A thriving Dutch hockey heritage in Drexel, across town 6

Each sport has its own sites that attract emerging talent. For basketball, there is the legendary Rucker Park in Harlem. High school football, it’s Texas. for hockey? It is the Netherlands.

And that’s where Drexel coach Dennis Zielinak turned when she was looking for a new talent to hire.

After sending out high school videos and setting up FaceTime meetings with Drexel staff during the hiring process, Puk Thewessen, Amber Brouwer, Isabel Jacobs and Eline Di Leva brought the legacy of Dutch hockey to Philadelphia.

Hockey is one of the most popular sports in the Netherlands and has a very successful history. The women’s hockey team took first place in the FIFA world rankings and won the gold medal for the 11th time this year in the Olympic Games and European Hockey League.

Zielinak, in her 26th season with Drexel, said it was important to recruit from the Netherlands.

“Recruitment is insane,” Zelinak said. “There are four to seven points in a year, which is a match if someone wants to come to school and for us personally there is someone who wants to come all four years. It’s all about finding Drexel matches.”

“It was also important that we stay in the Netherlands because of the language barrier. Feeling a little bit of a home between them is important, and I think they are also more successful, comfortable and confident in each other’s presence.” “

Drexel has had seven players from the Netherlands since 2003, but they aren’t the only school in Philadelphia to recruit talent there. The town has 6 16 hockey players from the Netherlands – four in Drexel and St. Joseph (Celeste Smits, Manon van Weisel, Frick van Tilburg, Robin Blickmolen), three in Temple (Merthe Schuyelenberg, Ninke Orlemans, Tess Muller) and Ben (Liz Zandbergen and Sabine Bowman) and Frederick Wallert) and two in Villanova (Anne Darby and Sabine de Ruyter).

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In Drexel (4-8), de Leyva tied with 14 points, while Thoisen, Bauer and Jacobs finished second with nine points in Friday’s game against the Dragons against Northeastern.

Last season, Drexel finished 3-3 in team play. Young striker de Leyva led the Dragons in three attacking categories, including goals (six), assists (seven) and points (19), and was an all-new team selection.

Thiessen described the match as “family friendly” in the Netherlands.

“I think the kind of hockey they play here in America is a lot more aggressive than it is back home,” said Twissen, captain and first quarterback. “At home I played sports for fun and it is still fun here, but there are a lot of expectations and responsibilities. That pressure was scary at first, but we are all used to it now.”

When they arrived, they were surprised by the difference in hockey’s popularity in America compared to the Netherlands.

“A lot of people here don’t even know about hockey. People always ask me, ‘What are you doing, is it the same as ice hockey?’” said de Leyva. “Meanwhile, my friends and I were at home [field hockey] club all weekend.

“One day we played together, other days we went to see all the older players we look up to. The whole weekend was a hockey match.”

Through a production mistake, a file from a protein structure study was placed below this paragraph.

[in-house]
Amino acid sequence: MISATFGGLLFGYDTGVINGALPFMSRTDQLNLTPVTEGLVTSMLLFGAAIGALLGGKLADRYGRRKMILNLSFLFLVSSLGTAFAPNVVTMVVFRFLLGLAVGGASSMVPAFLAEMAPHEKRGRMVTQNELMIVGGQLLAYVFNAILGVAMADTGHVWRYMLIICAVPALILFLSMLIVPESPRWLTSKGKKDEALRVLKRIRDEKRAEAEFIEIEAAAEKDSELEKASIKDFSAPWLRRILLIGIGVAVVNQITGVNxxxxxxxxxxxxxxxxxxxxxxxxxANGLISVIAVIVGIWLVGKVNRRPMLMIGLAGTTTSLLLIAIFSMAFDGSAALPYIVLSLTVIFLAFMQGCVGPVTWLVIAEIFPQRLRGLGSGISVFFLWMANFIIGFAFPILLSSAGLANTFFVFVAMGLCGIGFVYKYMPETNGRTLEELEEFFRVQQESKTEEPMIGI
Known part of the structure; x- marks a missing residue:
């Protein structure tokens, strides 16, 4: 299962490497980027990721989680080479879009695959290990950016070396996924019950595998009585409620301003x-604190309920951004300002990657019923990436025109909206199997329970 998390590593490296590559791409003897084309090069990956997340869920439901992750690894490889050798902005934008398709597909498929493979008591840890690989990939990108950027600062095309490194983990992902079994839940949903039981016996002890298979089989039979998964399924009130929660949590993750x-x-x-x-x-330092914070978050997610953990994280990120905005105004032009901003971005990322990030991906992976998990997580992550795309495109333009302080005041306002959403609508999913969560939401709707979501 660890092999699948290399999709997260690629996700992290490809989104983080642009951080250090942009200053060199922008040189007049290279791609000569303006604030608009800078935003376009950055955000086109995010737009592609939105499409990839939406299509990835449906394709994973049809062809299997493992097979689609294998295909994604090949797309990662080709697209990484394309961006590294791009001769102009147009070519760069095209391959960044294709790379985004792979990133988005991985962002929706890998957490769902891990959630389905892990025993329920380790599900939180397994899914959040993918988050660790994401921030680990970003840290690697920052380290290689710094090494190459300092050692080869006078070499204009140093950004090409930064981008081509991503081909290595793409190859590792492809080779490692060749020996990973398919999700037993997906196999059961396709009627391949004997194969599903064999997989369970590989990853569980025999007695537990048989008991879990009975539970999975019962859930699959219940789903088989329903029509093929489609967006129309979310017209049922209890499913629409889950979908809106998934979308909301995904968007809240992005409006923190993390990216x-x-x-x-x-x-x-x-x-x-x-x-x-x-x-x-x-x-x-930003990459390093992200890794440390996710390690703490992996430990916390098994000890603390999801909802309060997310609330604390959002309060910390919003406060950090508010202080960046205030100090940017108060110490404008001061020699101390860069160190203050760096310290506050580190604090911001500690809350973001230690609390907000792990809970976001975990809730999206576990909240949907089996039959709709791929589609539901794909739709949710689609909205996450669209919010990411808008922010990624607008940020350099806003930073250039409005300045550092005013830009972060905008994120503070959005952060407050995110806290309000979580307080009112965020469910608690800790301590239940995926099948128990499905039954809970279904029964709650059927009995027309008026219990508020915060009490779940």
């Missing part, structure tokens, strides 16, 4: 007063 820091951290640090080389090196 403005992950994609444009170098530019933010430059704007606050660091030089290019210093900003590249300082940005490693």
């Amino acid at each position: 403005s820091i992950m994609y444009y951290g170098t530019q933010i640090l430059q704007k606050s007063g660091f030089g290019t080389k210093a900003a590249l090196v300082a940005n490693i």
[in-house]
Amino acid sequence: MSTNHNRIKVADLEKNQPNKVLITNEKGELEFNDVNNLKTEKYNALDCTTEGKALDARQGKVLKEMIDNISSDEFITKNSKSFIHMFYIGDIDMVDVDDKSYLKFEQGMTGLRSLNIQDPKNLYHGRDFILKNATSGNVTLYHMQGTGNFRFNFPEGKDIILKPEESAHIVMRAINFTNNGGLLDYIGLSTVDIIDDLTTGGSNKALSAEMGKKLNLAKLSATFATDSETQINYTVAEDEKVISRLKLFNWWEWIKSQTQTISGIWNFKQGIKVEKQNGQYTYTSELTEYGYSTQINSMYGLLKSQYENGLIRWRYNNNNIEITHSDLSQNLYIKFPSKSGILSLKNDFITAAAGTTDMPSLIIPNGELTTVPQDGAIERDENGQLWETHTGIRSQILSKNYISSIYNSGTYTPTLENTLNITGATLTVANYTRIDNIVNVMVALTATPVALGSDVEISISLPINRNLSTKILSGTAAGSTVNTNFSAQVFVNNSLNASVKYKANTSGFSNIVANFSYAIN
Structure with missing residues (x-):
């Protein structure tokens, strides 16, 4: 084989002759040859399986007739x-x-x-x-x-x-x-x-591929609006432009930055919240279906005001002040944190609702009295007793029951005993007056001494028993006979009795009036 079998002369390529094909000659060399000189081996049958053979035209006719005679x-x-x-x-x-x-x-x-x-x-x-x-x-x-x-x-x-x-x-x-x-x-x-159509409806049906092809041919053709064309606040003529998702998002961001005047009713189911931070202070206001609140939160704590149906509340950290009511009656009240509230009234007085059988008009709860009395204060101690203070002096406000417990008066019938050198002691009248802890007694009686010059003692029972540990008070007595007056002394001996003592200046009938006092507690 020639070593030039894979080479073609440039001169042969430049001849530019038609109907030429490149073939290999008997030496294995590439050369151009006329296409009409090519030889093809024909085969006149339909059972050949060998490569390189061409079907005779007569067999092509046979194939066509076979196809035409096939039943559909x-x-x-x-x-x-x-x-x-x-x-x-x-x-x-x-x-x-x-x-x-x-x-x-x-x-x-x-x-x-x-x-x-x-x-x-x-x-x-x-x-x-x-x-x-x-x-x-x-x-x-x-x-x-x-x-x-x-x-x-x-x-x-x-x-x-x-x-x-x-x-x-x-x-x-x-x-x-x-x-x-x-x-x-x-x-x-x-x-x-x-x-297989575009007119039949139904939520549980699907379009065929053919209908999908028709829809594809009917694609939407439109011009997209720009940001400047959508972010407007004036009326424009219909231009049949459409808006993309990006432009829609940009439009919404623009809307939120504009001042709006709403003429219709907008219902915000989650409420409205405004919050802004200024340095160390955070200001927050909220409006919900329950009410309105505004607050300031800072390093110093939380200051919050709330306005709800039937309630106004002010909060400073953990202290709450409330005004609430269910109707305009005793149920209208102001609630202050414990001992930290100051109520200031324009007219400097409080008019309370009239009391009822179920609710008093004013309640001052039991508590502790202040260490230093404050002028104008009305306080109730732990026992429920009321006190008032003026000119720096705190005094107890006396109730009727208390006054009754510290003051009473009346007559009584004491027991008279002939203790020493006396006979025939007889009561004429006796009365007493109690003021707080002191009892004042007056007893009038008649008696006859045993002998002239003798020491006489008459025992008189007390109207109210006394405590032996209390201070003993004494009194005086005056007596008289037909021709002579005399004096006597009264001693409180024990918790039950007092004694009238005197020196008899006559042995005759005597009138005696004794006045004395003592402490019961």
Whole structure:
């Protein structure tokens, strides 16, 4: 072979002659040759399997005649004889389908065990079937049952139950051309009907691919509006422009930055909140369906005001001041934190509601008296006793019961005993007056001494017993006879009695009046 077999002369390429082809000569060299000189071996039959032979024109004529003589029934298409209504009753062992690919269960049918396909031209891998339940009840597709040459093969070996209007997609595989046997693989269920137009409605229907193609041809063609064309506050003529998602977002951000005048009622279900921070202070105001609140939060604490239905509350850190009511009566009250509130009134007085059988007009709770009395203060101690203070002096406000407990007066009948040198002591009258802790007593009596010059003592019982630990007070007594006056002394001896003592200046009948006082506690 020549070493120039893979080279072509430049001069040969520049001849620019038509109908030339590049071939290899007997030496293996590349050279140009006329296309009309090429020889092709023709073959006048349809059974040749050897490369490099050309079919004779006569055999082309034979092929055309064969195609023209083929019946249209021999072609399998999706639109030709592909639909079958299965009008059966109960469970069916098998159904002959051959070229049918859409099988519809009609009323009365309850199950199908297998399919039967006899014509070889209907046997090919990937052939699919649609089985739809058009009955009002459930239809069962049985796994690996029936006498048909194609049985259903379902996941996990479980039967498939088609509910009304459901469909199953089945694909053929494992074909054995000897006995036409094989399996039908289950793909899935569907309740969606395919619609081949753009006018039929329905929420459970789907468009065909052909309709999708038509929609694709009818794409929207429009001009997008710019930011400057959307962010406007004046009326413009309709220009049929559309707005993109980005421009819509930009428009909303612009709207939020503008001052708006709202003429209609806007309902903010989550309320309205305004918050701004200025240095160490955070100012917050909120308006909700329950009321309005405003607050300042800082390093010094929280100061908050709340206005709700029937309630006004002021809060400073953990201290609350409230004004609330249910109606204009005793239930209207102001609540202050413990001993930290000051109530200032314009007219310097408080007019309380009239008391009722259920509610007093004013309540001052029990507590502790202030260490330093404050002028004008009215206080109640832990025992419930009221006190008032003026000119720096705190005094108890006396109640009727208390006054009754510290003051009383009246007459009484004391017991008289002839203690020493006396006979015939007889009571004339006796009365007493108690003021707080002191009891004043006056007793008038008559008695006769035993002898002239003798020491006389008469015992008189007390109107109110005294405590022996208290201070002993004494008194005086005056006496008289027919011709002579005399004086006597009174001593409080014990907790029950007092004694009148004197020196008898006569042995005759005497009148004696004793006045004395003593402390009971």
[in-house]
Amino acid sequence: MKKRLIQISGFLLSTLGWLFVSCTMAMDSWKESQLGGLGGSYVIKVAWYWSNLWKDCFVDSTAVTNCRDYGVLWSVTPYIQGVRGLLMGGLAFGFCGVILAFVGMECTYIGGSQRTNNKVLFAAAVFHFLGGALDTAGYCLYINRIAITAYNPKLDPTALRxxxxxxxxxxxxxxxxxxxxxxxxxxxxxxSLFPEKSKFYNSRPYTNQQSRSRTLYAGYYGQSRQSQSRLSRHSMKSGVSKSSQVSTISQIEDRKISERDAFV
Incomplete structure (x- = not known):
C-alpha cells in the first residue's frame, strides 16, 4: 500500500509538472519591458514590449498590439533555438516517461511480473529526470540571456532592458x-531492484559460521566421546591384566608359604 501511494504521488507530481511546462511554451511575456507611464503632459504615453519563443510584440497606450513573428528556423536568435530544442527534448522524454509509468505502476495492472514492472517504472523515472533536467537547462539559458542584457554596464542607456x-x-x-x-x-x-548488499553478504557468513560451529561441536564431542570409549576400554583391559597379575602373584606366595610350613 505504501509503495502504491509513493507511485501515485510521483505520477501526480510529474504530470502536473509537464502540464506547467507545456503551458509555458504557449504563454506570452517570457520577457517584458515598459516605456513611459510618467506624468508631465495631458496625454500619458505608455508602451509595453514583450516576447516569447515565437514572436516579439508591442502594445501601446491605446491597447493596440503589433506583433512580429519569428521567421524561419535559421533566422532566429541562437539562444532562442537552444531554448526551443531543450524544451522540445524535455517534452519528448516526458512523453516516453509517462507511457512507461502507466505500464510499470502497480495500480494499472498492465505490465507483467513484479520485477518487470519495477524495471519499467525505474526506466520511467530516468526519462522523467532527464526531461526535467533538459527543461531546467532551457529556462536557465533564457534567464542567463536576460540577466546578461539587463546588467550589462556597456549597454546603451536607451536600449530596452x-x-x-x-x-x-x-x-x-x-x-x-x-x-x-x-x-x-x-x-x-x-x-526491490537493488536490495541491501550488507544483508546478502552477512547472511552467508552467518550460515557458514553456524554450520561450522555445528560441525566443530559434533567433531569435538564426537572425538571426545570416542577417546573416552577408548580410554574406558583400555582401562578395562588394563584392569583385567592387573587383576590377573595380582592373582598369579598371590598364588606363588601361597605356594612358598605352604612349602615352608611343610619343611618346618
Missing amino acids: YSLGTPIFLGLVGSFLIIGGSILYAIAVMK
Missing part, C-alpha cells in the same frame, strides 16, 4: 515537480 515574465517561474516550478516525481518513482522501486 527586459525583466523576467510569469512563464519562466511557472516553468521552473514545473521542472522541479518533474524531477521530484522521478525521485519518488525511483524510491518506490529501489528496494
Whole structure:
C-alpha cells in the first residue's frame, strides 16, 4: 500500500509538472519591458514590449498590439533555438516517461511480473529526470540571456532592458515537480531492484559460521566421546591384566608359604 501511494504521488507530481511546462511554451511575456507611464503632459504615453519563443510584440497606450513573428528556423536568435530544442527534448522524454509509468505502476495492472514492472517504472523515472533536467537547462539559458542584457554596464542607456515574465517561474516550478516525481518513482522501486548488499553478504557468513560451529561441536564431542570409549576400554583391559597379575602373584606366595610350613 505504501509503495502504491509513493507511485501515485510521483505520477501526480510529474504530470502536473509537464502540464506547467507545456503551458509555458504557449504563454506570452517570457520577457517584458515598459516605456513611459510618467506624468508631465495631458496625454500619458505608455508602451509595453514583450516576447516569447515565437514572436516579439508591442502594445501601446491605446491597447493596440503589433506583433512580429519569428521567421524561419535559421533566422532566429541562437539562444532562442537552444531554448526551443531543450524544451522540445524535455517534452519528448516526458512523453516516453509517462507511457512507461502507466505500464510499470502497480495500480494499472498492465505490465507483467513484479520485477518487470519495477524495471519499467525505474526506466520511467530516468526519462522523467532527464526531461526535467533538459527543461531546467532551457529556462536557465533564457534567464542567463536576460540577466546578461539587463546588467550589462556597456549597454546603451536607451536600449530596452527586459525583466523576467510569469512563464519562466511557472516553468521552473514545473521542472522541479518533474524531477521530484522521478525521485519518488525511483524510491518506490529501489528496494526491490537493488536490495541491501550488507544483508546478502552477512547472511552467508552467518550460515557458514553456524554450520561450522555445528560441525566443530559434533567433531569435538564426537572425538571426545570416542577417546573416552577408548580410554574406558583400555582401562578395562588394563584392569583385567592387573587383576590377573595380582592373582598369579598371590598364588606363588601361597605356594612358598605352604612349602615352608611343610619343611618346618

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Holland is club-based and has no association with hockey schools, so the American system was new to it.

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“Many people who start school at home decide to stop exercising,” Tewissen says. “So it is good to play here when you go to university. In fact, hockey opens a lot of doors for colleges and universities when they are closed at home.”

Coming from a country about 2.8 times smaller than Pennsylvania was a huge cultural change. De Leyva and Breuer were able to visit the school before they decided to go to Drexel.

“It’s different for us because if you’re from America you can visit the school and I can’t,” said Jacobs, a junior CAA first-team midfielder. “But my first FaceTime conversation with the coaches, they made me feel really good and made me feel like family. I also love that it’s the city school.”

They also had to overcome the language barrier, as they had been speaking Dutch for most of their lives. While they learned English at school from the age of 12, real-life experiences helped them learn the language further.

“You learn it through music or TV shows,” Jacobs, who is very young, said. “But I had a really hard time when I came here. I was even scared to speak, but you have to talk all the time, and it really helps. Now, in my third year, I have improved a lot.”

The presence of each other helped facilitate their transition from Holland to Drexel.

“You are in a country where you don’t speak your native language,” said young full-back and midfielder Breuer. “Obviously there are a lot of people here to help us, but it can still be intimidating. If the other Dutch people here help each other. So if we have language issues or cultural differences, we know we can count on each other.” some.”

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Tessin said some international players may come for a limited time to try the United States. But Drexel Quartet has been here for a long time before she returns to the Netherlands.

“When we got here, we didn’t know what to expect, but we’re still here and we’re all planning to graduate,” said Tywison. “It takes effort not only to commit to a place for four years, but also for the coaches and the team to make us feel welcome, and they’ve got that.”

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